[1] William D. Mounce, The Analytical Lexicon to the Greek New Testament, Zondervan Publishing House, 1993. Iamaton was also used in 1 Cor. 12:28, 30

[2] I have known some to fight for the poor man’s economic advancement by seeking to lessen the pollution standards of some greenhouse gasses for the sake of employment.

[3] See Deut. 15:11

[4] Malachi 2:16

[5] Malachi 4:6 – If Israel did not repent God threatened to strike the land (eretz) with a curse, dealing with Israel as He had with Edom bringing total destruction. See Mal. 1:4.

[6] Patrick Fagan and Robert Rector, “The Effects of Divorce on America,” published by The Heritage Foundation, 214 Massachusetts Avenue NE, Washington, D.C.

[7] Matthew Bridges, “Crown Him with Many Crowns”.

[8] I prefer the words “protection of animals” rather than “animal rights”. The latter seems to suggest an elevation of the status of animals and a demoting of the status of humans.

[9] We readily admit that there are many non-Christian doctors and nurses and that many hospitals are run by secular and even atheistic states. Other religions had their influences as well, but it is inconceivable to imagine the existence of the modern hospital as we know it today, and thereby modern medicine, without the influence of Christians. Historically it was Christians, monastic orders often, who set up hospitals. See Encyclopedia Britannica, “Hospitals”, online version.

Healing for Today

Healing in the New Testament

May 30th, 2010



When they had crossed over, they landed at Gennesaret. And when the men of that place recognized Jesus, they sent word to all the surrounding country. People brought all their sick to him and begged him to let the sick just touch the edge of his cloak, and all who touched him were healed.

                                                                                  Matthew 14:34-35


I have told you these things, so that in me you may have peace. In this world you will have trouble. But take heart! I have overcome the world.

                                                                                  John 16:33


Therefore, we do not lose heart. Though outwardly we are wasting away, yet inwardly we are being renewed day by day. For our light and momentary troubles are achieving for us an eternal glory that far outweighs them all. So we fix our eyes not on what is seen, but on what is unseen. For what is seen is temporary, but what is unseen is eternal.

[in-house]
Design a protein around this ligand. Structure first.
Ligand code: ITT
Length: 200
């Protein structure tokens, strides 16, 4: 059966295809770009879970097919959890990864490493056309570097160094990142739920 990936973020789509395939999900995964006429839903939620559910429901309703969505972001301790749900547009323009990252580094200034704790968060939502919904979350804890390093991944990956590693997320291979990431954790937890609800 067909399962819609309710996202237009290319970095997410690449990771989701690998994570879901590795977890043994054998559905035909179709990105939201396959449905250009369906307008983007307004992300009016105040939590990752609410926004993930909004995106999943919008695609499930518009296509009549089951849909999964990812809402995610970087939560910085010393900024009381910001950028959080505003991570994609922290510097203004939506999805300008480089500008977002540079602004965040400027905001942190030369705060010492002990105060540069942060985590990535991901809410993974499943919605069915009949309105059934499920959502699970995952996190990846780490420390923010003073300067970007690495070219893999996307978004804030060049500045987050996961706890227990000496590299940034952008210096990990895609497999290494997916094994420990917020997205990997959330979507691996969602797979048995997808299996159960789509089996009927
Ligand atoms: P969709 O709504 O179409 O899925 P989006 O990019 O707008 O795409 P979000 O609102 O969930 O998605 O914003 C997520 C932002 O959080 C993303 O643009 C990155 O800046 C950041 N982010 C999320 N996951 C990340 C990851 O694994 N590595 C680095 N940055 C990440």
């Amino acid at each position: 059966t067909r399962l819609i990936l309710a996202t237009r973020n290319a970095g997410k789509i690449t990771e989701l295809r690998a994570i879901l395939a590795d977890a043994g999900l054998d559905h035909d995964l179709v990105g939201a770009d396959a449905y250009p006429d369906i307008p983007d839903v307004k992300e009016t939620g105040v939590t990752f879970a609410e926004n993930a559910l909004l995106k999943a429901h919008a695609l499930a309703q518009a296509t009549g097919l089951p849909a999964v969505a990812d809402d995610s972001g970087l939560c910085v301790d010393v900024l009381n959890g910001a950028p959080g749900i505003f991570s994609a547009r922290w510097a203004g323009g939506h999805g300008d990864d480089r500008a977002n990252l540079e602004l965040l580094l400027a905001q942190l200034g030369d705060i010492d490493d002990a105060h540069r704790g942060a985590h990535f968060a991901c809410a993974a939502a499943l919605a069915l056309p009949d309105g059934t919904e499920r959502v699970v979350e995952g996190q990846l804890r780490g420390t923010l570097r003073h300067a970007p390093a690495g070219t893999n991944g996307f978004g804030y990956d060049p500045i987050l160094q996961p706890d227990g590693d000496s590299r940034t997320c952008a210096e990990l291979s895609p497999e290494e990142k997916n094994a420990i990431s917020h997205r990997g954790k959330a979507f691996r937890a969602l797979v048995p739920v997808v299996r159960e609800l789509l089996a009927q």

2 Corinthians 4:16-18


To keep me from becoming conceited because of the surpassingly great revelation, there was given me a thorn in my flesh, a messenger from Satan, to torment me. Three times I pleaded with the Lord to take it away from me. But he said to me, “My grace is sufficient for you, for my power is made perfect in weakness.” Therefore I will boast all the more gladly about my weaknesses, in insults, in hardships, in persecutions, in difficulties. For when I am weak, then I am strong.

                                                                                  2 Corinthians 12:10


The New Testament rings with the excitement of miraculous healings and miracles. The healings of Christ revealed His compassion and power. The healings announced that God was active in their midst! Nothing could possibly have grabbed the attention of the masses like the power to miraculously heal.


Three Greek words are commonly translated “to heal” or “to cure,” in the New Testament: therapeuo, iaomai, and sozo. A fourth would be added if we include diasozo.


·        Therapeuo meant in its original form, “to serve” or “to attend [to someone]”, and came to be associated with caring for the sick or treating the sick. The word is found 43 times in the New Testament, 40 in the synoptic gospels (mostly Matthew and Luke) or Acts and is generally translated “heal” but at least once was used in the sense of “serve” in Acts 17:25, “He [God] is not served [therapeuo] by human hands.” Matthew used the word when linking the healing ministry of Jesus to Isaiah 53:5 in Matthew 8:16-17.

·        Iaomai meant “to heal” or “to make whole” and was used at least 22 times to describe physical healing (example Matthew 15:28) and several times to describe, figuratively, spiritual healing: Matthew 13:15; John 12:40; Acts 28:27; Hebrews 12:13; 1 Peter 2:24, all of which, except for the Hebrew passage, was used to translate rapa from Isaiah. Luke the physician in his writings used the word 15 times.

·        Sozo meant “to save” and is translated “to heal” in Mark 5:23 and Luke 8:36. The Mark passage referred to a child who needed healing and the Luke passage referred to a demoniac who needed to be made whole.

·        Diasozo meant  “to save thoroughly” emphasizing complete healing, Luke 7:3, and when used in the active voice is often translated “escape”, meaning “to bring safely through a danger”. The word was used in Acts 23:24 to convey the idea of safe passage.


In summation, therapeuo stressed the act of healing or treating, “to treat”, iaomai, stressed the result of treatment, “to cure” or “make whole”, and sozo stressed salvation, “to save”.  But we should not try to make these words significantly different from one another. In their contexts they each carry the idea of healing, complete restoration to a state of health. They were not limited to healing from diseases but included being healed (or being made whole) from demonic possession and spiritual unsoundness.[1]